Individual Country Currency Hedged ETFs
Right now, two companies account for all of the currency hedged products in the ETF world at this time, Deutsche Bank and WisdomTree. In terms of single country ETFs that hedge out currency exposure, there are currently four:
WisdomTree Japan Hedged Equity Fund (DXJ) - This product looks to give investors exposure to broad Japanese markets while mitigating the fluctuations of the yen. Top sectors include; industrials, consumer cyclical firms, and financials.
Db-X MSCI Brazil Currency-Hedged Equity Fund (DBBR)- This product gives investors exposure to Brazil without the real exposure, charging investors 61 basis points a year in fees. Financials, basic materials and energy take the top three spots from a sector perspective (see The Comprehensive Guide to Brazil ETFs).
Db-X MSCI Canada Currency-Hedged Equity Fund (DBCN)- This ETF tracks the broad Canadian markets but it does so in a way that strips out exposure to the Canadian dollar, all the while charging investors 51 basis points for this service. Top holdings include financials, energy, and basic materials, while it is light in technology, utilities, and health care.
Db-X MSCI Japan Currency-Hedged Equity Fund (DBJP)- Much like DXJ, this product tracks the broad Japanese economy but without the impact of the Japanese yen, charging investors 51 basis points a year in fees. Industrials, consumer, and financials take up the top three sectors while it is light in energy, utilities and real estate.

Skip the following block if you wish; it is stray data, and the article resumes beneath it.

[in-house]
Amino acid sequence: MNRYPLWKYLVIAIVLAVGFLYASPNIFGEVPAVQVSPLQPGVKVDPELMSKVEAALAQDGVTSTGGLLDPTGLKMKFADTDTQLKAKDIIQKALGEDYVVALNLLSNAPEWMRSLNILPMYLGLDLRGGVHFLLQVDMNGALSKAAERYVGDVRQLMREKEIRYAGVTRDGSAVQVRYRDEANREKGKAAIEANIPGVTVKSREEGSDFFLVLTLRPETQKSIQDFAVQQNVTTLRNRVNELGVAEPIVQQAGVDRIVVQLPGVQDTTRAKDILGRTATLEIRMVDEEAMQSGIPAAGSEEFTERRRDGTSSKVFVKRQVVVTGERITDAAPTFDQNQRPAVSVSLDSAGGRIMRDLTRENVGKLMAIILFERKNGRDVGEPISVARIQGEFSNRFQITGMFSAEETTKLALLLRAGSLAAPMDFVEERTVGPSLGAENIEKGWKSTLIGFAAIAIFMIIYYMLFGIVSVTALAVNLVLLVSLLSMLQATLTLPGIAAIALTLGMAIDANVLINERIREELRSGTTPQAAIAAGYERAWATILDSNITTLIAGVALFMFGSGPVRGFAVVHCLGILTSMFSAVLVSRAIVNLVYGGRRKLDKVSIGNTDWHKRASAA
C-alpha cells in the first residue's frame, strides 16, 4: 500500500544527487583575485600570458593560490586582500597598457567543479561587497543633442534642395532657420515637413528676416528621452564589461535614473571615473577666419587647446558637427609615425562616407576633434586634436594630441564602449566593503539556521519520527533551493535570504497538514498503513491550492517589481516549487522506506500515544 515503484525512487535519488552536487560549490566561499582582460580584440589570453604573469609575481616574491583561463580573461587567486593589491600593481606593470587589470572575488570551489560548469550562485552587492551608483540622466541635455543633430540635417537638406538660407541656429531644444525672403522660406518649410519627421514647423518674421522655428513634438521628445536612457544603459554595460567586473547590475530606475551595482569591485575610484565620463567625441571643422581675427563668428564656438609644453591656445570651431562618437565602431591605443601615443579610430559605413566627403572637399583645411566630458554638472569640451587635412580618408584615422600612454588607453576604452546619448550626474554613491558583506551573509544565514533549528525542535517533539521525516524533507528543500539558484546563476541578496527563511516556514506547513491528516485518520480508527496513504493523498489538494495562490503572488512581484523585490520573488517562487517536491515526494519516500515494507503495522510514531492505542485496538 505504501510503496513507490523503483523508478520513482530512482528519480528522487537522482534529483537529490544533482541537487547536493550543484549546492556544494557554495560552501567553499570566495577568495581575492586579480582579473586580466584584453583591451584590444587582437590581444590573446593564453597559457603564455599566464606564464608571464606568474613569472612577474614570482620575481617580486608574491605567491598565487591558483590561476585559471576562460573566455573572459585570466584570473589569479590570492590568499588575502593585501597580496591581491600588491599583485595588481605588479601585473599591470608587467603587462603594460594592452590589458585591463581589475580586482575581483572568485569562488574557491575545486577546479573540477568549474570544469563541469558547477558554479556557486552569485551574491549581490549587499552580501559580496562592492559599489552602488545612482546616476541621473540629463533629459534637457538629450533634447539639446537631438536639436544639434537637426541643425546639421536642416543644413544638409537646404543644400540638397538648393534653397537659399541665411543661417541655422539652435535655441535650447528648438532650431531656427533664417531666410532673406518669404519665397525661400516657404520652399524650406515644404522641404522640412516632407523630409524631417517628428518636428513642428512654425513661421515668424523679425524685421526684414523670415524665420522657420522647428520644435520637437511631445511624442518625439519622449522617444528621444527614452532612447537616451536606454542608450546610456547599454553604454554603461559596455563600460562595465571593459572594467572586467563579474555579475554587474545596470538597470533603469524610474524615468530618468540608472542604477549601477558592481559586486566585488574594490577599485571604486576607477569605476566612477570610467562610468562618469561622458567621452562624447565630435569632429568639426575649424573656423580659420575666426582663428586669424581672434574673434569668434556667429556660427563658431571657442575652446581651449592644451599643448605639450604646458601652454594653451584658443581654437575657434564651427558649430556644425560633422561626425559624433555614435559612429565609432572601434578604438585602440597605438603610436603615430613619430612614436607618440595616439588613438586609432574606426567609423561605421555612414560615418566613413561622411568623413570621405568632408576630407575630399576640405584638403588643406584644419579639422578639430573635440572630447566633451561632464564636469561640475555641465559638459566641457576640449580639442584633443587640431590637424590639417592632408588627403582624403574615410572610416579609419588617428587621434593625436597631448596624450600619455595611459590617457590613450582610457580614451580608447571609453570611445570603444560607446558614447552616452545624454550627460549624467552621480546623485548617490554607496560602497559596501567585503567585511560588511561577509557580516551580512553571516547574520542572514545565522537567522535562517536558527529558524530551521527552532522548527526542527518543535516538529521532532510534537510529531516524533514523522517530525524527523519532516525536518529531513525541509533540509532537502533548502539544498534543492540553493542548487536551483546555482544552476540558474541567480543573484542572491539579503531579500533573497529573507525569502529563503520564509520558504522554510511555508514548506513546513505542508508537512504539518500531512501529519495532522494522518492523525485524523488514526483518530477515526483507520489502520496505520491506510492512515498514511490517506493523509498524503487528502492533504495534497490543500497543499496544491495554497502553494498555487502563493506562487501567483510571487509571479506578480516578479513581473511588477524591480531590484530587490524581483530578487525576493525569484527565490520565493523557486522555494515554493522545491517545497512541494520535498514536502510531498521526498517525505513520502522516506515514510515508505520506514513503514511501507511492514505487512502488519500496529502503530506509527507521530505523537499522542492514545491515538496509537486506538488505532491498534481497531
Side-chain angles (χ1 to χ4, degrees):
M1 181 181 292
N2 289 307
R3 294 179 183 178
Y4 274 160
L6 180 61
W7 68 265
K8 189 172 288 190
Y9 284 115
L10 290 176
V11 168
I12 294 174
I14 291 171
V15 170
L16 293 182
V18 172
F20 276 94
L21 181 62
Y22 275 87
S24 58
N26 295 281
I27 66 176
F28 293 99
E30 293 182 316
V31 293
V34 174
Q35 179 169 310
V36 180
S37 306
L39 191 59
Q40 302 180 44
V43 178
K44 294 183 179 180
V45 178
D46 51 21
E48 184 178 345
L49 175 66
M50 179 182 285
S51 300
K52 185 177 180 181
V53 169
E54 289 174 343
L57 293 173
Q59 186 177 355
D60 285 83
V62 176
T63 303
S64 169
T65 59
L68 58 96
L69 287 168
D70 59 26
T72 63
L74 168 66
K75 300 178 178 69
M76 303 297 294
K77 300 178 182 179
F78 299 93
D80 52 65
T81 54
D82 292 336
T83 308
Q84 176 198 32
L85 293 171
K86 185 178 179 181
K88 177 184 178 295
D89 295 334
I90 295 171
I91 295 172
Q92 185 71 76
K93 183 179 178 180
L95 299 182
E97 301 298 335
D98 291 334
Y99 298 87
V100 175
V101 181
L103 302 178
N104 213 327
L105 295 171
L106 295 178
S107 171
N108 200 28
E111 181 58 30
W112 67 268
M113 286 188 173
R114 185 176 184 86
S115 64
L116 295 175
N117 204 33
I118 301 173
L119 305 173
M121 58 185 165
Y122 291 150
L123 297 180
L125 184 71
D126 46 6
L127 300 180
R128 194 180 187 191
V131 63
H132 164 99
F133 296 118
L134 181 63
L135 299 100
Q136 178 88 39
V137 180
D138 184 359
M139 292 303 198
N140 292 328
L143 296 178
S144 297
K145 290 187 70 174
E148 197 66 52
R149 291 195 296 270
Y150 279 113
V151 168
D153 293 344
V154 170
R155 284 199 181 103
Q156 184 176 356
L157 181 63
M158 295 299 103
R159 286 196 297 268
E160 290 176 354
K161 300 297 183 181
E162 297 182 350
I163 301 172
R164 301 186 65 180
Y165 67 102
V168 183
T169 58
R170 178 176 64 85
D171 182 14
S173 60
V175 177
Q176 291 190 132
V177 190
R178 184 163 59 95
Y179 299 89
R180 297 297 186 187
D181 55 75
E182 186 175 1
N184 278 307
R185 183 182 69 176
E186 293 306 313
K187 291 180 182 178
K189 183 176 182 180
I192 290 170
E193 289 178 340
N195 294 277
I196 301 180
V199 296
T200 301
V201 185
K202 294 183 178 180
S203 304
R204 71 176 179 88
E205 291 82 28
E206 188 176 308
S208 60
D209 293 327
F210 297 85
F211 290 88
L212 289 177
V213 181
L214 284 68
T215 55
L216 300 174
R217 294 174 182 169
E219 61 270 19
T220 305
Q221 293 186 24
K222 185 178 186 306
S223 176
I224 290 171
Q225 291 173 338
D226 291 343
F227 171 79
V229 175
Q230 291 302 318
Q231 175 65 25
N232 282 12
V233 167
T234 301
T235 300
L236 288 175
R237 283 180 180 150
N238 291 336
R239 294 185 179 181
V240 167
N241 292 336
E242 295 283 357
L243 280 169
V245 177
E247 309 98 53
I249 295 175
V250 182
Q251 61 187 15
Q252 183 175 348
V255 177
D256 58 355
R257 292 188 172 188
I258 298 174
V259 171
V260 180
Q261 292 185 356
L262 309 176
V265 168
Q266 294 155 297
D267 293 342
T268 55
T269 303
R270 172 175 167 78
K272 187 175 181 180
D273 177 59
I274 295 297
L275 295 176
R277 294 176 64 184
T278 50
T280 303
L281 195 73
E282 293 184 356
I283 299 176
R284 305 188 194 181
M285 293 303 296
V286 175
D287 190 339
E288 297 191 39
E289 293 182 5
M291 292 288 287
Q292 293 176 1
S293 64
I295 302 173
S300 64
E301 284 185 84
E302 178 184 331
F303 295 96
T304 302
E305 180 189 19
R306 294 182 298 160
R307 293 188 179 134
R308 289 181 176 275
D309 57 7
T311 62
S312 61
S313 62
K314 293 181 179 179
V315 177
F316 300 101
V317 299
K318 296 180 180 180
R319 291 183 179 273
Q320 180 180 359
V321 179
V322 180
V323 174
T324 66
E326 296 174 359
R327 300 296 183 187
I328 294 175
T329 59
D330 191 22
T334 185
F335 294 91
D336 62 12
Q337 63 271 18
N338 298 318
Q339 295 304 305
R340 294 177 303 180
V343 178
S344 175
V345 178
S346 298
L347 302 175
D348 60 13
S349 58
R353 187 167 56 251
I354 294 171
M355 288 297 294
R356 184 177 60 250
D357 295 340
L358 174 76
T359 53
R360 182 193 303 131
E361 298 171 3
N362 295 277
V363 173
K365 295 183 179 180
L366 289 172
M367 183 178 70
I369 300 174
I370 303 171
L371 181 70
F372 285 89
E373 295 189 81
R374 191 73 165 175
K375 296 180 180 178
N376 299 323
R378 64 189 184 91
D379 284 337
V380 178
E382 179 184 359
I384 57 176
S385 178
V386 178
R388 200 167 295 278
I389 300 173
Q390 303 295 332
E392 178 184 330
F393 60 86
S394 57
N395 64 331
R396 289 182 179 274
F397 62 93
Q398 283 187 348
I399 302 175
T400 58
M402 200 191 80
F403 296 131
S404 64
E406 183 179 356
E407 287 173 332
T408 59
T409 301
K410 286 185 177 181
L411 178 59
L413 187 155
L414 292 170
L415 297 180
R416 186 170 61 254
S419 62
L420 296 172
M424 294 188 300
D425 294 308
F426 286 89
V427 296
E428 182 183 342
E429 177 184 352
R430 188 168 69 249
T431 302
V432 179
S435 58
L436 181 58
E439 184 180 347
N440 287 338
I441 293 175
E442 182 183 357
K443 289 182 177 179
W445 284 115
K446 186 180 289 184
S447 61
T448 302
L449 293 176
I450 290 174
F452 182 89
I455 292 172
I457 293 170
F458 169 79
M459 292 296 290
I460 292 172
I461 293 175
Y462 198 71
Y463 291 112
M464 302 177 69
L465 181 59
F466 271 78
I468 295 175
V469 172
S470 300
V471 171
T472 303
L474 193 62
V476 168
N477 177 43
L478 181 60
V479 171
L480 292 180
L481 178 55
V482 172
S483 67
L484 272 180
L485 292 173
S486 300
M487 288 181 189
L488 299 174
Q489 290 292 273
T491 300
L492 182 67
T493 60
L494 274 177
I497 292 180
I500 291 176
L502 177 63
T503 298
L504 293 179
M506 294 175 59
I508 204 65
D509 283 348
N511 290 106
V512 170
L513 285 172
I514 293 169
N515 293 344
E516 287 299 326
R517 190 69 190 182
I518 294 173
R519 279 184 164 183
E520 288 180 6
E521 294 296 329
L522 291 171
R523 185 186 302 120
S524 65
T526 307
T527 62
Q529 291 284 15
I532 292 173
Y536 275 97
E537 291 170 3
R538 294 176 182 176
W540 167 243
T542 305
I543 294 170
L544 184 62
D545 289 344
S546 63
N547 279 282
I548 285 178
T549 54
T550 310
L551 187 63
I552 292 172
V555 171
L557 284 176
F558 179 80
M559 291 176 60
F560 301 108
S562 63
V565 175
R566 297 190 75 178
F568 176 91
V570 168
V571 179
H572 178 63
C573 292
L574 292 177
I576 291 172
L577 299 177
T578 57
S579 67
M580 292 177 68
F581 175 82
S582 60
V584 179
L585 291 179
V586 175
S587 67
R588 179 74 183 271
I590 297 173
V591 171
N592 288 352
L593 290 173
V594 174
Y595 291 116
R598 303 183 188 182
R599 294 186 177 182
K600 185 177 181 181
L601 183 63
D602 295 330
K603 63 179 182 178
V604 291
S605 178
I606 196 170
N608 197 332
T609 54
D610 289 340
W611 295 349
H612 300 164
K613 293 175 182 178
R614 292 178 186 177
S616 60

Regional Hedged ETFs
Beyond individual country hedged products, there are also a few ETFs that take a look from a regional perspective as well. In this way, investors can gain hedged exposure to a number of markets across multiple currencies via a single ticker:
Db-X MSCI EAFE Currency-Hedged Equity Fund (DBEF)- This broad ETF which charges investors 36 basis points a year in fees, tracks a broad market of countries in the EAFE region—Europe, Australasia, and Far East—without currency exposure. Japan, the UK, and Switzerland take the top three spots from a country perspective, while a large deal of hedged out currency exposure comes from the euro, pound, and yen (see Beyond Germany: Three European ETFs Tracking Strong Countries).
Db-X MSCI Emerging Market Currency-Hedged Equity Fund (DBEM)- For emerging market focused investors, DBEM is one of the only choices out there, charging investors 69 basis points a year for its hedged exposure. Top countries in this fund include China, Korea, and Taiwan, while currency exposure that is hedged out includes that of the Hong Kong dollar, South Korean won, and the Brazilian real.
WisdomTree International Hedged Equity Fund (HEDJ) - WT’s broad play on the global developed markets without currency exposure is HEDJ, a fund that charges 58 basis points a year. The UK, Japan, and Australia account for the three biggest countries in the fund while the currency exposure that is filtered out largely comes from these nations’ currencies as well as the euro.